The paper reported that she became despondent after losing her hearing with age. Crenshaw was also white, according to her death certificate, and died in 1913 — decades later than local legend has it. Moreover, she was buried not in four parts but in a difficult-to-find private family burial ground.

To this day Crenshaw's remaining descendents, relatives of her maternal uncle George Towers, have no idea how their ancestor became so infamous around St. Charles. It appears, though, that the legend really gained steam in the 1960s — a time when St. Charles was a hotbed for people interested in witchcraft. (Gavin and Yvonne Frost founded the the Church and School of Wicca in St. Charles in 1968 and successfully petitioned the IRS for recognition as an official religion before moving to North Carolina in the early 1970s. )

"The family seems to think that the legend did grow out of the real person.... She had a really unfortunate life, and it was an intolerant time," says Ray Castile, a local horror enthusiast and former journalist who has written several pieces on Crenshaw. "You can see how in schoolyards or something, people would make up stories about someone who was ill or disabled. There was so much stigma about suicide then. I'm sure it caused quite a commotion in St. Charles."

Mark Twain's Ghost's Ghostwriter
Tim Lane
Mark Twain's Ghost's Ghostwriter
Monkey Business in the Lemp Family
Tim Lane
Monkey Business in the Lemp Family

In the mid-1970s Crenshaw's myth was so entrenched that the reference librarians at the Kathryn Linnemann branch of the St. Charles City-County Library started keeping a file of genealogical information and newspaper clippings about her. By 1979 Crenshaw's popularity led the family to remove her headstone from their burial grounds.

Not that that has stopped the fun.

For several years in the early 2000s Joe Glenn operated a Molly Crenshaw-themed haunted forest in St. Charles county's Rotary Park in conjunction with the St. Louis Renaissance Faire. Like other Francis Howell alumni, Glenn (class of 1978) remembers scouring forests and old graveyards looking for the plots that held Crenshaw's remains. It was rumored that her severed body parts inched closer to each other with every passing year. In 2006 Glenn and some friends finally found the real Crenshaw's gravesite after consulting librarians.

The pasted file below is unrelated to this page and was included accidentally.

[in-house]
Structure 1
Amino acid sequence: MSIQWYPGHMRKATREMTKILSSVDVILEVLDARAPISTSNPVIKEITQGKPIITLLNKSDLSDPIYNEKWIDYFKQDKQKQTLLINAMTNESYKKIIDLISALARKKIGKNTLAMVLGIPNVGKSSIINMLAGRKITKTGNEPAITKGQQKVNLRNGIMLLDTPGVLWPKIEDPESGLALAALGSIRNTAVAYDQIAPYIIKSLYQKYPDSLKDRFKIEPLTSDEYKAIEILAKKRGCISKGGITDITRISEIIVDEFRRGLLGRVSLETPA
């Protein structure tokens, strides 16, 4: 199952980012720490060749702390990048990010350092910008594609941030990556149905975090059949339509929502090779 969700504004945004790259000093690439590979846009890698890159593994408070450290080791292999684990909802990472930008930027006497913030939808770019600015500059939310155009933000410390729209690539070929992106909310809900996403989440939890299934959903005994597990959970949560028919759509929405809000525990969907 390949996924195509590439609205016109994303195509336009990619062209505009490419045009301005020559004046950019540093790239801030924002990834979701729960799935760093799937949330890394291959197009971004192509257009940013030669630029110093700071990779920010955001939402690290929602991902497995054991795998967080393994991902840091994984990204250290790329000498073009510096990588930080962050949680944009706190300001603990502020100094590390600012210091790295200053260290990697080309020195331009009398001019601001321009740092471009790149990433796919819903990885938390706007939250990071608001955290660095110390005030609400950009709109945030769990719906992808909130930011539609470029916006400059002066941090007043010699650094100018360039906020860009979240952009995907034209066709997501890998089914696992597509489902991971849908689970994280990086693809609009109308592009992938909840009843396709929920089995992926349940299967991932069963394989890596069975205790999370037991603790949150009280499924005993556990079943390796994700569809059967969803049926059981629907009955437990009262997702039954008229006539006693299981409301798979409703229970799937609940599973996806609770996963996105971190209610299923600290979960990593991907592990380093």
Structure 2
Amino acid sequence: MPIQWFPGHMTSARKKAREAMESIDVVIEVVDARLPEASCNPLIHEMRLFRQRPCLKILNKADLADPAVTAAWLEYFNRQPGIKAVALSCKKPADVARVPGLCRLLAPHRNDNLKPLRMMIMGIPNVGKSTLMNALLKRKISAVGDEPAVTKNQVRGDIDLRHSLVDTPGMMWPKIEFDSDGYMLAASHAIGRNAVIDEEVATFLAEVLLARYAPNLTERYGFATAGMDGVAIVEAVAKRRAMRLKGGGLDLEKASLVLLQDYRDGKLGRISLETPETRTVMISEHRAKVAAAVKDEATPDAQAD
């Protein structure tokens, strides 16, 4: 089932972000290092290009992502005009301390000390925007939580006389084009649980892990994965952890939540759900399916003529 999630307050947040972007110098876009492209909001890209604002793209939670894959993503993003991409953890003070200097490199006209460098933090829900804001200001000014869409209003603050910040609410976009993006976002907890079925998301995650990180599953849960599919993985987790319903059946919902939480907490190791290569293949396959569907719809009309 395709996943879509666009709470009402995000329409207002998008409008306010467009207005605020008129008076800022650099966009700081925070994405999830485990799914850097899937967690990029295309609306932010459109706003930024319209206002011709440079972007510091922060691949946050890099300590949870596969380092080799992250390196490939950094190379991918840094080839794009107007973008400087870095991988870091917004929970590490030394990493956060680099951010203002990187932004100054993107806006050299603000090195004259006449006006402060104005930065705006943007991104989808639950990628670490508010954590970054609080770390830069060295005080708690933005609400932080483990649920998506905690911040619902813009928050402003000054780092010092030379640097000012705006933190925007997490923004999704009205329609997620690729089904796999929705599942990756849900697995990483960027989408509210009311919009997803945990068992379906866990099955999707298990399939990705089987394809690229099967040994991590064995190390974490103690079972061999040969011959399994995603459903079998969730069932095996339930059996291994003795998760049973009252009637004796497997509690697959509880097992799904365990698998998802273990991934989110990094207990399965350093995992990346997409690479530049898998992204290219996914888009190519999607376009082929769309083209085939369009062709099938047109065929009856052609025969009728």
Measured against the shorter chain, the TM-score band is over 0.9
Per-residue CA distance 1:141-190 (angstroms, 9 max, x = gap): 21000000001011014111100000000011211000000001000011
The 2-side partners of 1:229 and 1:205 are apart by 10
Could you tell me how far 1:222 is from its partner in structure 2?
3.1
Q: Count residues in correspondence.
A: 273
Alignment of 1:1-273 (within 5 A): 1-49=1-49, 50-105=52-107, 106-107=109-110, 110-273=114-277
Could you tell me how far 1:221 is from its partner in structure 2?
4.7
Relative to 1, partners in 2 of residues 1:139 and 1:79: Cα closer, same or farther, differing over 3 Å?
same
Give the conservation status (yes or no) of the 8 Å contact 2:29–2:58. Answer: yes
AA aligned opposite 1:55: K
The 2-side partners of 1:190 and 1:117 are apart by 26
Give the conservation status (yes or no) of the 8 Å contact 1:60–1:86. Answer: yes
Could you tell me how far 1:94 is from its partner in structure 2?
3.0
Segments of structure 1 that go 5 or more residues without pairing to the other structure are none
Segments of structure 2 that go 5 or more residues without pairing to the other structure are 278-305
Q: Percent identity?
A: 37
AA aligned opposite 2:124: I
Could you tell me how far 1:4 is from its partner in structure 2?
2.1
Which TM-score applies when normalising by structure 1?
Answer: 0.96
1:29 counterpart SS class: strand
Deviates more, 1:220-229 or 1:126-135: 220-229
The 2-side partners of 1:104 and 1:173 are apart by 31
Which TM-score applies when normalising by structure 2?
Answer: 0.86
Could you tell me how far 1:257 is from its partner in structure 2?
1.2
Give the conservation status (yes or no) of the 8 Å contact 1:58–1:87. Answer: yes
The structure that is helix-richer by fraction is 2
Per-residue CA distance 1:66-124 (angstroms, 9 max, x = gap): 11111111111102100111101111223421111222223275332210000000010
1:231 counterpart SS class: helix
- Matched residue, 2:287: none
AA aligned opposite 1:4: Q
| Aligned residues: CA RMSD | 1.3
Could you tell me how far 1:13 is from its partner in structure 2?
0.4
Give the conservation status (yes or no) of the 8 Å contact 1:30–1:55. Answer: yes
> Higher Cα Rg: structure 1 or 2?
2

"The funny thing is, we got there, and a few minutes later this big truck full of teenage guys shows up, and they're also looking for Molly's grave," says Glenn, who now lives in Florida. "It's a big part of local history."

Mark Twain's Ghost's Ghostwriter
In the spring of 1916 a dozen ladies from St. Louis' society set gathered around a Ouija board, hoping to channel lost relatives. Instead they claim to have conjured up the spirit of America's greatest author, Mark Twain.

"Every scribe here wants a pencil on earth," the planchette spelled out as it moved across their board.

Twain had died six years earlier with unfinished business, according to the spirit that identified itself as "Lazy Sam," or Samuel Clemens (the author's legal name). Mark Twain still had a few more books in him, and he had in mind the perfect ghostwriter. That person, participating in the séance that day, was Emily Grant Hutchings, a formerresident of Hannibal, Twain's birthplace.

One of the most celebrated journalists of her time, Hutchings had made a name for herself as a freelance writer for national magazines such as the Atlantic Monthly and Cosmopolitan, and as the anonymous pen behind the St. Louis Globe-Democrat's juicy gossip column.

She was also a budding spiritualist who, with the help of a medium named Lola Hays, dived into the months-long task of transcribing Twain's novel letter by letter through the Ouija board.

In the fall of 1916 Hutchings published Jap Herron, the story of a Missouri farmboy born into poverty who becomes a cutthroat newspaper publisher. The subtitle of the work read: "A novel written from the Ouija board."

An editor for the San Francisco Chronicle marveled at the book's authenticity, adding that two women couldn't possibly invent Twain's trademark profanity and sauciness. A review from the New York Times was less complimentary of the 230-page novel: "If this is the best that 'Mark Twain' can do by reaching across the barrier, the army of admirers that his works have won for him will all hope that he will hereafter respect that boundary."

Meanwhile, Hutchings soon found herself in trouble with Twain's daughter, Clara Clemens, and the author's former publisher, Harper & Brothers (now known as HarperCollins). Both sued on copyright claims, and Hutchings and her publisher agreed to discontinue publication.

Henry Sweets, curator of the Mark Twain Boyhood Home & Museum in Hannibal, says that despite the embarrassment caused by Jap Herron, Hutchings and her husband, Edwin, remained committed to exploring proof of life after death. The couple never had any children, and Emily Hutchings died in relative obscurity in 1960 in her home in the Central West End. She'd reportedly suffered dementia for many years. In obituaries, few remembered her as anything more than the widow of Edwin Hutchings. No mentions were made of her literary career or love affair with the Ouija board.

Miles Hochstein, the son of Emily's grand-niece, says spiritualism does not run in the family. He recalls his mother referring to Emily dismissively, often mocking her claims to the spirit world.

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